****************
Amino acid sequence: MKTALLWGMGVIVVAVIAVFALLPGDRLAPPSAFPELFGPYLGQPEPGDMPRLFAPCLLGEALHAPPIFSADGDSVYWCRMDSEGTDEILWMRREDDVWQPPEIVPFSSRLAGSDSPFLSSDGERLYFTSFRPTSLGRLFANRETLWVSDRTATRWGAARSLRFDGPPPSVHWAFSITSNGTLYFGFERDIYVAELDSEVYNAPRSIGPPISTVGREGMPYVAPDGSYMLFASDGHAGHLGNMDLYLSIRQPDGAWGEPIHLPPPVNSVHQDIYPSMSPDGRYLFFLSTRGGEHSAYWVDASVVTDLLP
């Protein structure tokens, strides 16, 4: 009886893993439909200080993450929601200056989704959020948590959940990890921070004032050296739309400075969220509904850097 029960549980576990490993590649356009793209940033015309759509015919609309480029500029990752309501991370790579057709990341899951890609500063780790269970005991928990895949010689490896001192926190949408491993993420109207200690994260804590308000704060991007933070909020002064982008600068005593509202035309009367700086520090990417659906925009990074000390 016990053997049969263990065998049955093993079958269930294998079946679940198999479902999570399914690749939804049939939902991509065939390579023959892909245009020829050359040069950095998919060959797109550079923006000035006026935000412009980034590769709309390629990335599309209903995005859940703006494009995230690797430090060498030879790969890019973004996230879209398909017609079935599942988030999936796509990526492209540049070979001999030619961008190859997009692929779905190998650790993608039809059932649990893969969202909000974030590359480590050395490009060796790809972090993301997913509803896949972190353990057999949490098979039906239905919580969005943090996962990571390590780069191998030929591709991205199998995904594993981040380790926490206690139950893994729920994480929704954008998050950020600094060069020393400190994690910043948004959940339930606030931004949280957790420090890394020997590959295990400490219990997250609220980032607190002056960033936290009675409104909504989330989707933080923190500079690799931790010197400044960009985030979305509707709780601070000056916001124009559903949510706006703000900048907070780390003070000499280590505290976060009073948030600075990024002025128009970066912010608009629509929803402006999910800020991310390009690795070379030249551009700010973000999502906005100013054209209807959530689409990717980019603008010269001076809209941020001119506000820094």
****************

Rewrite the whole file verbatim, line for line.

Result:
Amino acid sequence: MKTALLWGMGVIVVAVIAVFALLPGDRLAPPSAFPELFGPYLGQPEPGDMPRLFAPCLLGEALHAPPIFSADGDSVYWCRMDSEGTDEILWMRREDDVWQPPEIVPFSSRLAGSDSPFLSSDGERLYFTSFRPTSLGRLFANRETLWVSDRTATRWGAARSLRFDGPPPSVHWAFSITSNGTLYFGFERDIYVAELDSEVYNAPRSIGPPISTVGREGMPYVAPDGSYMLFASDGHAGHLGNMDLYLSIRQPDGAWGEPIHLPPPVNSVHQDIYPSMSPDGRYLFFLSTRGGEHSAYWVDASVVTDLLP
């Protein structure tokens, strides 16, 4: 009886893993439909200080993450929601200056989704959020948590959940990890921070004032050296739309400075969220509904850097 029960549980576990490993590649356009793209940033015309759509015919609309480029500029990752309501991370790579057709990341899951890609500063780790269970005991928990895949010689490896001192926190949408491993993420109207200690994260804590308000704060991007933070909020002064982008600068005593509202035309009367700086520090990417659906925009990074000390 016990053997049969263990065998049955093993079958269930294998079946679940198999479902999570399914690749939804049939939902991509065939390579023959892909245009020829050359040069950095998919060959797109550079923006000035006026935000412009980034590769709309390629990335599309209903995005859940703006494009995230690797430090060498030879790969890019973004996230879209398909017609079935599942988030999936796509990526492209540049070979001999030619961008190859997009692929779905190998650790993608039809059932649990893969969202909000974030590359480590050395490009060796790809972090993301997913509803896949972190353990057999949490098979039906239905919580969005943090996962990571390590780069191998030929591709991205199998995904594993981040380790926490206690139950893994729920994480929704954008998050950020600094060069020393400190994690910043948004959940339930606030931004949280957790420090890394020997590959295990400490219990997250609220980032607190002056960033936290009675409104909504989330989707933080923190500079690799931790010197400044960009985030979305509707709780601070000056916001124009559903949510706006703000900048907070780390003070000499280590505290976060009073948030600075990024002025128009970066912010608009629509929803402006999910800020991310390009690795070379030249551009700010973000999502906005100013054209209807959530689409990717980019603008010269001076809209941020001119506000820094």